Standardized Calculation and Interpretation of Basic Cow Herd Performance Measures
This NebGuide explains how to properly calculate and interpret basic standardized beef cow herd performance measures.
Bryan A. Reiling, Extension Youth Livestock Specialist
- Calculation of Exposed Females
- Calving Percentage
- Calf Death Loss Percentage
- Percent Calf Crop or Weaning Percentage
- Pounds Weaned per Exposed Female
Commercial cow-calf producers commonly use the term “percent calf crop,” but what does it mean? Does percent calf crop represent the number of calves born relative to the number of cows bred, or perhaps it is the number of calves born relative to the number of cows exposed to a bull? Some might calculate percent calf crop as the number of calves weaned compared to the number of calves born, or the number of cows bred, or the number of cows exposed. Each of these mathematical “interpretations” of percent calf crop could be justified as a reasonable definition of the term. In fact, when students or producers are asked to calculate percent calf crop from a set of hypothetical herd information, given only their perception of what the term implies, multiple answers are typically generated, all mathematically correct. This creates a management issue, because how can percent calf crop be improved if producers have multiple perceptions of what the term implies?
In the early 1990s, this issue was recognized and a task force consisting of both producers and academics were given the charge of developing standardized definitions for a variety of basic cow herd performance measures, including percent calf crop. When standardized definitions and calculations are used, comparisons can be generated, and herd management strengths and weaknesses are more easily identified and managed.
When calculating a percentage term, selecting the proper denominator (the number located below the line in a fraction) is critically important. Using corn production as an analogy, the farmer selects and plants seed, the seed grows, and the crop is eventually harvested and sold. While the crop farmer realizes that every planted seed will not grow, he expects a majority of those seeds to germinate, emerge, and grow to bear large ears of corn. For the commercial cow-calf producer, the “crop” to be harvested and eventually sold is weaned calves, but when were the “seeds” of those calves “planted”? Calves that are born are analogous to seeds that emerged, confirmed pregnancies are analogous to seeds that germinated, and the ova (eggs) of females naturally or artificially exposed to the bull are analogous to the seeds that were initially planted. If during the breeding season 100 cows were exposed to a bull, the ideal hope is that 100 cows will become pregnant, give birth, and raise their calf to weaning. For various reasons including nutrition, poor fertility, venereal disease, etc., some cows may not conceive and others may lose their calf during the year, but when exposed, the cow-calf manager’s intent was for all of them to produce and wean a calf. When the corn is planted, the farmer’s intent is for those seeds to grow and bear fruit. Likewise, the proper and most meaningful denominator for most cow herd performance measures is the number of females exposed to the bull.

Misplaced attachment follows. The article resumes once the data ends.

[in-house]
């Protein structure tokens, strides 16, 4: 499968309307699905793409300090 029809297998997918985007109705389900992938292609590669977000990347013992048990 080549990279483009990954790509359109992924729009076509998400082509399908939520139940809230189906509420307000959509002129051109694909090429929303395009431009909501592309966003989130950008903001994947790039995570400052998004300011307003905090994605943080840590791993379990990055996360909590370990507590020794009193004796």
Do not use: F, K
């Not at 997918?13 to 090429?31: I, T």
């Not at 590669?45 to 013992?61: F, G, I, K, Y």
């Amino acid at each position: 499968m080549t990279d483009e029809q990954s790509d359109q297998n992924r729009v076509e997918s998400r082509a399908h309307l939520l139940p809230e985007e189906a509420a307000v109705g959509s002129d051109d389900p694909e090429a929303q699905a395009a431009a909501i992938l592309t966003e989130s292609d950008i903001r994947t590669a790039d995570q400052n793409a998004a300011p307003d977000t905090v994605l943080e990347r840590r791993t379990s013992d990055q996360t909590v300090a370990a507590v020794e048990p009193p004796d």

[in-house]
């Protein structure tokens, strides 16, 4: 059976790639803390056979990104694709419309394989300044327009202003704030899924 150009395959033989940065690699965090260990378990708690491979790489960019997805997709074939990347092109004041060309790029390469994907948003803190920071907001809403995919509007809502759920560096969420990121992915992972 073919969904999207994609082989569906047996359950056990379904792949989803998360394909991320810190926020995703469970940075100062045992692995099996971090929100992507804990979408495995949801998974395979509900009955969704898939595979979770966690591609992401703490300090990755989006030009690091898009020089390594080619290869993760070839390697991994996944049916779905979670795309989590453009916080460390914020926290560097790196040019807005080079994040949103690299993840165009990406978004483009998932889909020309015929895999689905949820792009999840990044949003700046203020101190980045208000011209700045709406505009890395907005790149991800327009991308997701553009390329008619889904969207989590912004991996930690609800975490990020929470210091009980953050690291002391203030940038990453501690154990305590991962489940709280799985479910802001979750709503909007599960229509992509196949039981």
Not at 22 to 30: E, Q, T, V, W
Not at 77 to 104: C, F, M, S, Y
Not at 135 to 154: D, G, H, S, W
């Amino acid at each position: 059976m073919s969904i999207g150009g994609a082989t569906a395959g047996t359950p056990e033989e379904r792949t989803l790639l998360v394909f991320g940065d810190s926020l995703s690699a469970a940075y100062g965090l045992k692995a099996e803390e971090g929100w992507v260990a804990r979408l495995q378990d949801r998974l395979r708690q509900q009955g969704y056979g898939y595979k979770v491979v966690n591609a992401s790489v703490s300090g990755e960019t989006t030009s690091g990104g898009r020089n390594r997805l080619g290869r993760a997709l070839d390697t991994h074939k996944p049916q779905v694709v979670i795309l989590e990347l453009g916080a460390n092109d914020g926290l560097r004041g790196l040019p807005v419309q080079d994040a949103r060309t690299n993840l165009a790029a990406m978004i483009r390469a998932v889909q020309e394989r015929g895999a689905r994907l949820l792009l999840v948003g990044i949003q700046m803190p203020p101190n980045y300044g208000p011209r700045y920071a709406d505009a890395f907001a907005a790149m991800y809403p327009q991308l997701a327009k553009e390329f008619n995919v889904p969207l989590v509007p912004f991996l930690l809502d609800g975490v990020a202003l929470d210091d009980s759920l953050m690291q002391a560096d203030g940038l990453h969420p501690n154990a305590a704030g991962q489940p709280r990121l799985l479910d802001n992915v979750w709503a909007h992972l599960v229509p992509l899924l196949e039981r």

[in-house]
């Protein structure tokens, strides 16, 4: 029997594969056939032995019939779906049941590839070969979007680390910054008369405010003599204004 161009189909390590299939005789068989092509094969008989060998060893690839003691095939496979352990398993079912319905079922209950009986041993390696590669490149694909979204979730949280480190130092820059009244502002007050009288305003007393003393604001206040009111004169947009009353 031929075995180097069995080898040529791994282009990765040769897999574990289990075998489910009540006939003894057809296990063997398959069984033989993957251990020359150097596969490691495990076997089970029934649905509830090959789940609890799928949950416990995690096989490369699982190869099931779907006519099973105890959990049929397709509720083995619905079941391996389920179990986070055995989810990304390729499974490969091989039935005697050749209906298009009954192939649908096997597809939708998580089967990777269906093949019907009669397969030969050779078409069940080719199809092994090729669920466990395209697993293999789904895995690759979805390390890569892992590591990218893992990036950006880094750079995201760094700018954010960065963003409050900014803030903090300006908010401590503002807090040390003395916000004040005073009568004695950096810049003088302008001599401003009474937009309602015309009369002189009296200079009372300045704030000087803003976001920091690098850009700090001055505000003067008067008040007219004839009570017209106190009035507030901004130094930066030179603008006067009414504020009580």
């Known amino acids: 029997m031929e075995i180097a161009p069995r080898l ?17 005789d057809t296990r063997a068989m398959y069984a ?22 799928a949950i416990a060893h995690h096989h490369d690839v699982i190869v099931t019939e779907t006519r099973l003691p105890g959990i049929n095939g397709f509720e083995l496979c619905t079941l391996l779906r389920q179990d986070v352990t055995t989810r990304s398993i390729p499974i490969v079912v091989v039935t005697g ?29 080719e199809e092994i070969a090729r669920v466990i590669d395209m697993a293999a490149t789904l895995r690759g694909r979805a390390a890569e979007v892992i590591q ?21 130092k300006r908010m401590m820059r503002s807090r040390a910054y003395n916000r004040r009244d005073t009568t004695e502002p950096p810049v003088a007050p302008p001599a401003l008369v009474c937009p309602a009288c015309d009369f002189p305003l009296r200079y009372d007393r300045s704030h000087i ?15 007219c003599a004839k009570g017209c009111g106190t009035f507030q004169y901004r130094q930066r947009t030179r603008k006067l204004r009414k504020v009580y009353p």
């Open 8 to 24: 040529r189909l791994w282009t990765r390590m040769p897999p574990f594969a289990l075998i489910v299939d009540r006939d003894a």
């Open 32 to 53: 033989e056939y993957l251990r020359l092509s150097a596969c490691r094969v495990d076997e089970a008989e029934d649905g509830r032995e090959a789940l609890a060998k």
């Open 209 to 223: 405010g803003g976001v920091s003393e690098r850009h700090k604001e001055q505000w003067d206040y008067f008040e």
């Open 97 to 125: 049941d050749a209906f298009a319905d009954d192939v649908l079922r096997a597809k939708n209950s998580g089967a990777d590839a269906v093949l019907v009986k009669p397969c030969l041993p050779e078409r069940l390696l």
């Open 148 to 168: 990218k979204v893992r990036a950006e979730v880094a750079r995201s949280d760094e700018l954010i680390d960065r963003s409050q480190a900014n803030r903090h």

To simplify, the initial number of exposed females represents the total number of females in the breeding herd. However, some adjustments are required. Prior to the start of the breeding season, if females are identified to be culled with no intention of them calving, they should be removed from the initial exposed female number. Obviously, it may be impractical to physically remove them if they are still nursing a calf yet to be weaned, but since they are not expected to produce a calf in the upcoming calving season, they should not be included where they would have a negative effect on the calculation of various production measures.
Females purchased or transferred into the herd that are expected to produce a calf during the upcoming calving season should be added to the initial exposed female number, even if those heifers or cows were not exposed on the producer’s own operation. Similarly, if exposed females are sold or transferred out of an operation with the expectation that they will produce a calf during the upcoming calving season, they should be subtracted from the exposed female number. In both cases, there was likely a monetary value associated with bull exposure, and an adjustment to the exposed female number is justified.